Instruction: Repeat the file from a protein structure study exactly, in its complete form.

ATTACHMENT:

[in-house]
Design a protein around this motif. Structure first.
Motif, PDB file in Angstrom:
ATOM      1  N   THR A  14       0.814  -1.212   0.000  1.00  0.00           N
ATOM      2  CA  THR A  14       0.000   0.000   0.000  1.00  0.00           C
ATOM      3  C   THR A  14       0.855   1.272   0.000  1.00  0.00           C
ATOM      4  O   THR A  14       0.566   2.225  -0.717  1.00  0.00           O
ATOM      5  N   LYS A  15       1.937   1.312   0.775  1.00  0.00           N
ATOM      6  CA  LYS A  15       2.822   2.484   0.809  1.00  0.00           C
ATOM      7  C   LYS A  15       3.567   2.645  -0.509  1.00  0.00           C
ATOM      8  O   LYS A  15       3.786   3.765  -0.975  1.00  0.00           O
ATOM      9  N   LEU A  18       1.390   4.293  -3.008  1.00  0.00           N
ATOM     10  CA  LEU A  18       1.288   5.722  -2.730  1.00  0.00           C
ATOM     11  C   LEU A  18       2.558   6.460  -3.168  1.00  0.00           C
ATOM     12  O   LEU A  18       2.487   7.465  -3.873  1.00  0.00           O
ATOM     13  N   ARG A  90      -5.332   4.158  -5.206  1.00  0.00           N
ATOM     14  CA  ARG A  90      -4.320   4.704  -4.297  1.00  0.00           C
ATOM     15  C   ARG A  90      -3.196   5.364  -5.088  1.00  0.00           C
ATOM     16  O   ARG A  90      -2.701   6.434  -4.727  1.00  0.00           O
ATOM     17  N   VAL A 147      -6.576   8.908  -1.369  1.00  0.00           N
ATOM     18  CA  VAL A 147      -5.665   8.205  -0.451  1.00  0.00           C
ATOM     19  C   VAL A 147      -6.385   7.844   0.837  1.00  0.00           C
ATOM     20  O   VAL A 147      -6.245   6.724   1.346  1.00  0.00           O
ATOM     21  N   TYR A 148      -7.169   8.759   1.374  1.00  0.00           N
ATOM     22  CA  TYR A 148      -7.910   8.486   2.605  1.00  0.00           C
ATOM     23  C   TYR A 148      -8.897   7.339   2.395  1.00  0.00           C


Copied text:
[in-house]
Design a protein around this motif. Structure first.
Motif, PDB file in Angstrom:
ATOM      1  N   THR A  14       0.814  -1.212   0.000  1.00  0.00           N
ATOM      2  CA  THR A  14       0.000   0.000   0.000  1.00  0.00           C
ATOM      3  C   THR A  14       0.855   1.272   0.000  1.00  0.00           C
ATOM      4  O   THR A  14       0.566   2.225  -0.717  1.00  0.00           O
ATOM      5  N   LYS A  15       1.937   1.312   0.775  1.00  0.00           N
ATOM      6  CA  LYS A  15       2.822   2.484   0.809  1.00  0.00           C
ATOM      7  C   LYS A  15       3.567   2.645  -0.509  1.00  0.00           C
ATOM      8  O   LYS A  15       3.786   3.765  -0.975  1.00  0.00           O
ATOM      9  N   LEU A  18       1.390   4.293  -3.008  1.00  0.00           N
ATOM     10  CA  LEU A  18       1.288   5.722  -2.730  1.00  0.00           C
ATOM     11  C   LEU A  18       2.558   6.460  -3.168  1.00  0.00           C
ATOM     12  O   LEU A  18       2.487   7.465  -3.873  1.00  0.00           O
ATOM     13  N   ARG A  90      -5.332   4.158  -5.206  1.00  0.00           N
ATOM     14  CA  ARG A  90      -4.320   4.704  -4.297  1.00  0.00           C
ATOM     15  C   ARG A  90      -3.196   5.364  -5.088  1.00  0.00           C
ATOM     16  O   ARG A  90      -2.701   6.434  -4.727  1.00  0.00           O
ATOM     17  N   VAL A 147      -6.576   8.908  -1.369  1.00  0.00           N
ATOM     18  CA  VAL A 147      -5.665   8.205  -0.451  1.00  0.00           C
ATOM     19  C   VAL A 147      -6.385   7.844   0.837  1.00  0.00           C
ATOM     20  O   VAL A 147      -6.245   6.724   1.346  1.00  0.00           O
ATOM     21  N   TYR A 148      -7.169   8.759   1.374  1.00  0.00           N
ATOM     22  CA  TYR A 148      -7.910   8.486   2.605  1.00  0.00           C
ATOM     23  C   TYR A 148      -8.897   7.339   2.395  1.00  0.00           C